morning glory at MH II

Truth and Consequences: On Boredom

On the dawn of his enlightenment someone asked the Buddha, “What are your credentials? How do we know that you are enlightened?” He touched his hand to the ground. “This solid earth is my witness. This solid earth, this same earth, is my witness.” Sane and solid and definite, no imaginings, no concepts, no emotions, no frivolity, but being basically what is: this is the awakened state. And this is the example we follow in our meditation practice. Trungpa, The Myth of Freedom p. 57

None of us want to see an overlay of drama slapped on top of some crucial, painful “community” situation.   Yet that is what I see. Someone reports their analysis and opinion to me, or I read it on Facebook or on the Network, and you can hear the worked up quality in their tone of voice.

The problem is that the situation requires clear seeing, and no axes to grind, and openness, always with the openness. But the little thrill of maybe stirring an emotional response in someone else, or in oneself, overrides all that. I’m all for the emotions, goodness knows they are the juice that makes the world go round, but emotion should not rule. Klesha should not override wisdom. That’s just fundamental.

I attribute this indulgence in one’s neurotic emotional responses, to plain old excitement seeking. We all get sick of eating plain oatmeal every morning, and will provide all sorts of condiments to add some kick. Same with the added emotion that kills most people’s presentations of their opinions. The facts and the analysis of those facts are the oatmeal, and the emotions are the craisins and slivered almonds.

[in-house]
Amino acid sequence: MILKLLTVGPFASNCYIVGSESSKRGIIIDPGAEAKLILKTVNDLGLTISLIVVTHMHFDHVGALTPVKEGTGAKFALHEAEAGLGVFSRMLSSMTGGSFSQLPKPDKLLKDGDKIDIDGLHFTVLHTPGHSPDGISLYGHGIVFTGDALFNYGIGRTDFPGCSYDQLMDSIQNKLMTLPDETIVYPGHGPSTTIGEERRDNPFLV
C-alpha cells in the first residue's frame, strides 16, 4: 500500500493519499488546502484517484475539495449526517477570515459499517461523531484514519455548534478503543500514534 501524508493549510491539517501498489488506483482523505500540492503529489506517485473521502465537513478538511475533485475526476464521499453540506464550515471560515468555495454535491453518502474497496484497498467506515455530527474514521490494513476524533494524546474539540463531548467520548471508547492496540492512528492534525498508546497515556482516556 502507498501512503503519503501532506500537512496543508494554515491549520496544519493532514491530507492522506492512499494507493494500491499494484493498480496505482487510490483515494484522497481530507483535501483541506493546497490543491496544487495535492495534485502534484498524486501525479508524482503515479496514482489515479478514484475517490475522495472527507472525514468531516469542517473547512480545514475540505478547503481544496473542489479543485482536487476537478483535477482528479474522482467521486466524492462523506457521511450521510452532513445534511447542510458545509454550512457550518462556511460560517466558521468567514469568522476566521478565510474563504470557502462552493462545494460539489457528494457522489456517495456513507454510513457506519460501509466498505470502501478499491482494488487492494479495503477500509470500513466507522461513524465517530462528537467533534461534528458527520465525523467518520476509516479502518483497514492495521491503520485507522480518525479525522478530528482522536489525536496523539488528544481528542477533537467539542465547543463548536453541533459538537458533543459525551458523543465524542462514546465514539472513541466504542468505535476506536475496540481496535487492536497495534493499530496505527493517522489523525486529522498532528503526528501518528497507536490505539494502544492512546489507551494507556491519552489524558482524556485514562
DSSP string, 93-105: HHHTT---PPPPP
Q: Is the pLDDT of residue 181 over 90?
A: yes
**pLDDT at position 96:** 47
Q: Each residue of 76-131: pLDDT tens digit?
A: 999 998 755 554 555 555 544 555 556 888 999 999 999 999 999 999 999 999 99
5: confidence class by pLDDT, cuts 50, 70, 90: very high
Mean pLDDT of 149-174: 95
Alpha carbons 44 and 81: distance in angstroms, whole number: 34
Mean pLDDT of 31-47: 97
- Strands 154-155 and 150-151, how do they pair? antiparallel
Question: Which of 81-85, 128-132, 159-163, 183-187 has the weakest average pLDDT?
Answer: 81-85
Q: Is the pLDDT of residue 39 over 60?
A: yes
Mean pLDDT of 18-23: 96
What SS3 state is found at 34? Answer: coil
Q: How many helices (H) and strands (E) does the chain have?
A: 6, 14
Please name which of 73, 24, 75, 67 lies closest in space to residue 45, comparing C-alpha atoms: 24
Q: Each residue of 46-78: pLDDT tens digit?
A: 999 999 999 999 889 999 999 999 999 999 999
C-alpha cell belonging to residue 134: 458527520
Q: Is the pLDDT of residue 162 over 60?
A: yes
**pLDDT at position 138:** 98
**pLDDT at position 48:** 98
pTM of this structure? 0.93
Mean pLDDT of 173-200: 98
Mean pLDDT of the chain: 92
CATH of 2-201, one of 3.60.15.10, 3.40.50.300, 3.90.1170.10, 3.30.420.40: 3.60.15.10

The problem lies in the confusion of the two. You have an ax to grind, you have a deep-seated emotional need to see a situation in a certain way, and you try to concoct arguments and analysis that feed that need. And maybe you do present your argument in a cool-headed, objective-sounding way, but that is not clear seeing. That is not wisdom. That is being mired in confused emotion and primitive beliefs about reality.

In the final analysis, it doesn’t take much to see that the problems of three little people don’t amount to a hill of beans in this crazy world. So deal with your boredom people, stop emoting all over your wisdom, and make the conversation livable for the restuvus.

December 23, 2020

Comments

4 Responses

  1. I don’t react so well to this article as the others, because I think it is complaining about my behavior, and is not so much about “boredom”. We DO experience emotions around political situations (sangha, national, world) as we do around anything that we care about, or that triggers us, in this old samsaric whirled. For us unrealized beings to try to take emotions out of every political conversation can feel dishonest, “sanitizing”, or “putting a lid on it”, or “spiritual bypassing”, let alone impossible. I feel that the challenge is to include our emotions in political discussions in a way that respects the common aspirations and situations we share with others in the conversation, that is curious about their experience, and that arouses our care and compassion rather than negativity.

    1. Thanks for the feedback! I don’t like that article very much either, for the scolding tone primarily.  Thank you for looking at it.  Your comments are well taken. I will change it. I just like that picture so much, and it goes so well with the topic of boredom, I might have rushed to share it.  

      1. Eileen, nice vulnerable response. Rare and appreciated, we all have to start somewhere and feedback gets us further….process, progress, whatever….it is so personal. Thanks.

  2. …did not find the article having a scolding tone. Thought it was clear, real and to the point. No one wants to look at their self indulgence and addiction with the ego. Article was great.
    Yes. “Always with openness” Thank you, Eileen.

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